The felling of the Sycamore Gap tree on Hadrian's Wall in an apparent act of vandalism has caused widespread outrage and dismay.
The 300-year-old sycamore was known worldwide after featuring in the 1991 film "Robin Hood: Prince of Thieves", and was "visited by tens of thousands of walkers" in Northumberland each year, said The Telegraph. But visitors found the tree lying on the ground on Thursday, after "someone took a chainsaw to its trunk".
Northumbria Police announced hours later that a 16-year-old boy had been arrested and was assisting officers with their inquiries.
Subscribe to The Week
Escape your echo chamber. Get the facts behind the news, plus analysis from multiple perspectives.
The National Trust, which owns the land, has raised hopes that the Sycamore Gap tree could be regrown from its stump. "If we could nurture that then that might be one of the best outcomes, and then we keep the tree," the charity's general manager Andrew Poad told the BBC.
But experts warned that the tree would "never be the same again", the broadcaster reported.
The Northeast is in "mourning for the loss of one of its icons", said The Northern Echo. As recognisable as the Angel of the North or the Tyne Bridge, it was part of our national identity. While the Angel could conceivably be recast, the sycamore is now "utterly gone", not just for us, but for future generations too.
More than being just part of the landscape, the tree was "part of our history, part of our culture," said Guy Opperman, MP for Hexham. "Even if police do catch the perpetrator, the tree is still gone".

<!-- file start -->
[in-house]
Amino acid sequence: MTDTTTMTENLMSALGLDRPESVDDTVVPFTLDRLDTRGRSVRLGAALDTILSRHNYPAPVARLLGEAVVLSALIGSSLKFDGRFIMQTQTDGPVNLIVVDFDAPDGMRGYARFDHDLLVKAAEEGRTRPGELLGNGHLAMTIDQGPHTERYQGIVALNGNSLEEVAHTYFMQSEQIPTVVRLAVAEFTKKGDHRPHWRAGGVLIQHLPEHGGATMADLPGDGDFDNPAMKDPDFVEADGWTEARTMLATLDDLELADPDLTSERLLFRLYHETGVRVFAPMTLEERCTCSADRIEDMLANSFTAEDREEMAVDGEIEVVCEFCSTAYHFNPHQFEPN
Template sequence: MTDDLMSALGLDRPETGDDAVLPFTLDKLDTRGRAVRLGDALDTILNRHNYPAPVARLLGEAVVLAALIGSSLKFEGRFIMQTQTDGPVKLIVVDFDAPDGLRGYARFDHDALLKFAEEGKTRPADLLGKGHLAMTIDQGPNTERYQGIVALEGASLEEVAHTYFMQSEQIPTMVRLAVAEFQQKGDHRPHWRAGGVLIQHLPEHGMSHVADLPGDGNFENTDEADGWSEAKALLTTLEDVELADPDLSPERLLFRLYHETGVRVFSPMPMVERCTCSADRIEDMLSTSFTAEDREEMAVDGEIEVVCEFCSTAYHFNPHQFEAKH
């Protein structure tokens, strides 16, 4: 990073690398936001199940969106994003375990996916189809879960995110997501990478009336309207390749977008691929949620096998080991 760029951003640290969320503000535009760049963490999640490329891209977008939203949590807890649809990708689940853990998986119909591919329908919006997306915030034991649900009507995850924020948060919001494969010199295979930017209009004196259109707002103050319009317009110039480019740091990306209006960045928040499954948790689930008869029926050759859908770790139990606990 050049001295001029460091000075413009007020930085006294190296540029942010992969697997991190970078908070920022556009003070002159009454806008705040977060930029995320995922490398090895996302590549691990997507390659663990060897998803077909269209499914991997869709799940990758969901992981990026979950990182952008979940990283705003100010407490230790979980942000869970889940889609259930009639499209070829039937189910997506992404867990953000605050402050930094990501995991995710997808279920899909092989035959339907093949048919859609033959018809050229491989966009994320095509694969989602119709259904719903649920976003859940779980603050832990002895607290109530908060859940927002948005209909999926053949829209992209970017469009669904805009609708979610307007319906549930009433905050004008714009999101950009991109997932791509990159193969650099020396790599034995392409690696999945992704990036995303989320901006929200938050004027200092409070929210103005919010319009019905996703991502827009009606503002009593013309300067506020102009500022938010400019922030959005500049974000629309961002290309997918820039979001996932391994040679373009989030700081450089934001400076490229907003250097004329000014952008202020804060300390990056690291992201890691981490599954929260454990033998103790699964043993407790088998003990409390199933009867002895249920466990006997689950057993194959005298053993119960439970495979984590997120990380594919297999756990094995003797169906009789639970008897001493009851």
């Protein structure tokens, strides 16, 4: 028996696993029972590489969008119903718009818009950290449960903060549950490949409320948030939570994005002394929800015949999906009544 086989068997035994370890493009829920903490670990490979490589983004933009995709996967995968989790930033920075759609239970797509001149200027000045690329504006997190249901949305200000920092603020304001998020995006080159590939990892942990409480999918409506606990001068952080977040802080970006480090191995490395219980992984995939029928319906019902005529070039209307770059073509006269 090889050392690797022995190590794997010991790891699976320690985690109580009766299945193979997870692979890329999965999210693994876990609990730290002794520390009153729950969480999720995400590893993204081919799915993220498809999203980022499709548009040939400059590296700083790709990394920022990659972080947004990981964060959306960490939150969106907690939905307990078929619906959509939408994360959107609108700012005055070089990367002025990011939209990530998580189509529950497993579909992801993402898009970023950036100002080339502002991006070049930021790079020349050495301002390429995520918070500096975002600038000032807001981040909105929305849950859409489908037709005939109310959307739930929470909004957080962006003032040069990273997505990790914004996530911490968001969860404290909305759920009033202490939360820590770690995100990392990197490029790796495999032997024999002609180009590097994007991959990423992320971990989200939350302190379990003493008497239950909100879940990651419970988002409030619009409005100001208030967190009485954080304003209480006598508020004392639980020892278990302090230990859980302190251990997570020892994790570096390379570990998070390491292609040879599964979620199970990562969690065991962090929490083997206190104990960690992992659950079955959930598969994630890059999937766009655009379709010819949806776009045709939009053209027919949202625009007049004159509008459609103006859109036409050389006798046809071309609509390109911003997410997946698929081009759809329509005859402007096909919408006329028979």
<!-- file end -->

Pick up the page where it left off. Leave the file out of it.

It formed the backdrop to key moments of many people's lives, said The New York Times: a "place for engagements, weddings or spreading ashes, or just somewhere to go for some peace and tranquillity".
It's a "personal tragedy", lamented Terry Deary, the Sunderland-born author. "In this world of wars, poverty and plague, the destruction of a tree is not that significant, but I do feel a personal hurt."
'A wider attack on nature'
It's not just locals who feel a deep sense of sadness and loss, said Daniel Rey in The Spectator. The tree was "globally renowned" and helped draw tourists to Hadrian’s Wall and the Northumberland National Park.
Some have argued that as well as being devastating for tourism, the tree's felling symbolises a wider attack on nature in the UK. This is about the "culture" of this country, writer and poet Robert Macfarlane told The Guardian. "Nature is under attack in these islands and has been for a long time."
Britain's natural heritage is under threat from more than just "ecocidal vandals", agreed Rey. The day before the tree fell, the newly published 2023 State of Nature report revealed that one out of every six British species is at risk of extinction.
Meanwhile, Rishi Sunak has postponed the ban on buying new petrol and diesel cars until 2035, as well as downsizing targets on sustainable heating and insulation.
It's hard to believe the government when it says it's "absolutely committed" to protecting Britain's heritage, said Rey. "The gradual consequences of a hotter planet may be harder to appreciate than the effect of a chainsaw, but they will still be severe."
Continue reading for free
We hope you're enjoying The Week's refreshingly open-minded journalism.
Subscribed to The Week? Register your account with the same email as your subscription.